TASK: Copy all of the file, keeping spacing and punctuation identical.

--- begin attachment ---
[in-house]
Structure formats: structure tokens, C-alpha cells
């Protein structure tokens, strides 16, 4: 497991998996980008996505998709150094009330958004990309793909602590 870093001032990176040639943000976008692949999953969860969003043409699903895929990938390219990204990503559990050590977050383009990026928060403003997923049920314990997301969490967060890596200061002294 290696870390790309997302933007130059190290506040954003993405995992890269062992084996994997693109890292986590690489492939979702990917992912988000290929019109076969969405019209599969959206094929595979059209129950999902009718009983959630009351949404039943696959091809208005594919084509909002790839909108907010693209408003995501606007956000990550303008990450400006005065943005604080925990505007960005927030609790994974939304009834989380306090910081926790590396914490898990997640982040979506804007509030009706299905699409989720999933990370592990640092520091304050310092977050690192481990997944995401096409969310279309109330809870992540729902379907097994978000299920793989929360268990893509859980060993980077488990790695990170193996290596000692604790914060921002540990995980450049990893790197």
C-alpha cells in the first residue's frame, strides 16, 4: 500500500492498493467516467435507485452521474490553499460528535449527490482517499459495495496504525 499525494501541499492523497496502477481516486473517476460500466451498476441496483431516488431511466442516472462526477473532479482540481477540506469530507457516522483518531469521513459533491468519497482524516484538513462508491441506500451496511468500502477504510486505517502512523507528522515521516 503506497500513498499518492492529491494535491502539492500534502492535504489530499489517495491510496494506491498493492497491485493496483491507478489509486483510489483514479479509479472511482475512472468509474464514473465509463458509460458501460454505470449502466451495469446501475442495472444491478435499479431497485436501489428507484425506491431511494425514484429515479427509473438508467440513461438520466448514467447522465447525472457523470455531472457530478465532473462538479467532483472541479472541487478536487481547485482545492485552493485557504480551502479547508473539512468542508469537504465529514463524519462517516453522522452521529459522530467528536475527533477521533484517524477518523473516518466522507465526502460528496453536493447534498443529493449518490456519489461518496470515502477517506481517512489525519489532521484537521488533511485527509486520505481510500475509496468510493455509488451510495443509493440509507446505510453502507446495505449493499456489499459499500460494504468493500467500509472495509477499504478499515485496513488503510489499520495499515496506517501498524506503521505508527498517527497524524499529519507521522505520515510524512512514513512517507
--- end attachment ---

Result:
[in-house]
Structure formats: structure tokens, C-alpha cells
């Protein structure tokens, strides 16, 4: 497991998996980008996505998709150094009330958004990309793909602590 870093001032990176040639943000976008692949999953969860969003043409699903895929990938390219990204990503559990050590977050383009990026928060403003997923049920314990997301969490967060890596200061002294 290696870390790309997302933007130059190290506040954003993405995992890269062992084996994997693109890292986590690489492939979702990917992912988000290929019109076969969405019209599969959206094929595979059209129950999902009718009983959630009351949404039943696959091809208005594919084509909002790839909108907010693209408003995501606007956000990550303008990450400006005065943005604080925990505007960005927030609790994974939304009834989380306090910081926790590396914490898990997640982040979506804007509030009706299905699409989720999933990370592990640092520091304050310092977050690192481990997944995401096409969310279309109330809870992540729902379907097994978000299920793989929360268990893509859980060993980077488990790695990170193996290596000692604790914060921002540990995980450049990893790197």
C-alpha cells in the first residue's frame, strides 16, 4: 500500500492498493467516467435507485452521474490553499460528535449527490482517499459495495496504525 499525494501541499492523497496502477481516486473517476460500466451498476441496483431516488431511466442516472462526477473532479482540481477540506469530507457516522483518531469521513459533491468519497482524516484538513462508491441506500451496511468500502477504510486505517502512523507528522515521516 503506497500513498499518492492529491494535491502539492500534502492535504489530499489517495491510496494506491498493492497491485493496483491507478489509486483510489483514479479509479472511482475512472468509474464514473465509463458509460458501460454505470449502466451495469446501475442495472444491478435499479431497485436501489428507484425506491431511494425514484429515479427509473438508467440513461438520466448514467447522465447525472457523470455531472457530478465532473462538479467532483472541479472541487478536487481547485482545492485552493485557504480551502479547508473539512468542508469537504465529514463524519462517516453522522452521529459522530467528536475527533477521533484517524477518523473516518466522507465526502460528496453536493447534498443529493449518490456519489461518496470515502477517506481517512489525519489532521484537521488533511485527509486520505481510500475509496468510493455509488451510495443509493440509507446505510453502507446495505449493499456489499459499500460494504468493500467500509472495509477499504478499515485496513488503510489499520495499515496506517501498524506503521505508527498517527497524524499529519507521522505520515510524512512514513512517507